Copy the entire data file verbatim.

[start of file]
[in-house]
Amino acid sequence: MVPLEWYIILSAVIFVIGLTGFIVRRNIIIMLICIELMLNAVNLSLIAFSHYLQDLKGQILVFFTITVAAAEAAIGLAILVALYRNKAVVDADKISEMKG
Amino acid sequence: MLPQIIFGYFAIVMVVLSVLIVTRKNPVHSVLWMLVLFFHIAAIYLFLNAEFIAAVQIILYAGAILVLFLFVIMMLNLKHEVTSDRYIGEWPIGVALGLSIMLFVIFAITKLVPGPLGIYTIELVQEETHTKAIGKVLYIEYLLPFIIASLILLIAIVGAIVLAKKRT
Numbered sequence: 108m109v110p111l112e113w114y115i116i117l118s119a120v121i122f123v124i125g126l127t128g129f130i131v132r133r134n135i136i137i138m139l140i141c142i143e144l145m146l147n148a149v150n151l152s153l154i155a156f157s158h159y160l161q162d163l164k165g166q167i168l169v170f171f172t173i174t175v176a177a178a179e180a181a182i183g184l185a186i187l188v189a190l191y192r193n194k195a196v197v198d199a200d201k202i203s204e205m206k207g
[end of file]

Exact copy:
[in-house]
Amino acid sequence: MVPLEWYIILSAVIFVIGLTGFIVRRNIIIMLICIELMLNAVNLSLIAFSHYLQDLKGQILVFFTITVAAAEAAIGLAILVALYRNKAVVDADKISEMKG
Amino acid sequence: MLPQIIFGYFAIVMVVLSVLIVTRKNPVHSVLWMLVLFFHIAAIYLFLNAEFIAAVQIILYAGAILVLFLFVIMMLNLKHEVTSDRYIGEWPIGVALGLSIMLFVIFAITKLVPGPLGIYTIELVQEETHTKAIGKVLYIEYLLPFIIASLILLIAIVGAIVLAKKRT
Numbered sequence: 108m109v110p111l112e113w114y115i116i117l118s119a120v121i122f123v124i125g126l127t128g129f130i131v132r133r134n135i136i137i138m139l140i141c142i143e144l145m146l147n148a149v150n151l152s153l154i155a156f157s158h159y160l161q162d163l164k165g166q167i168l169v170f171f172t173i174t175v176a177a178a179e180a181a182i183g184l185a186i187l188v189a190l191y192r193n194k195a196v197v198d199a200d201k202i203s204e205m206k207g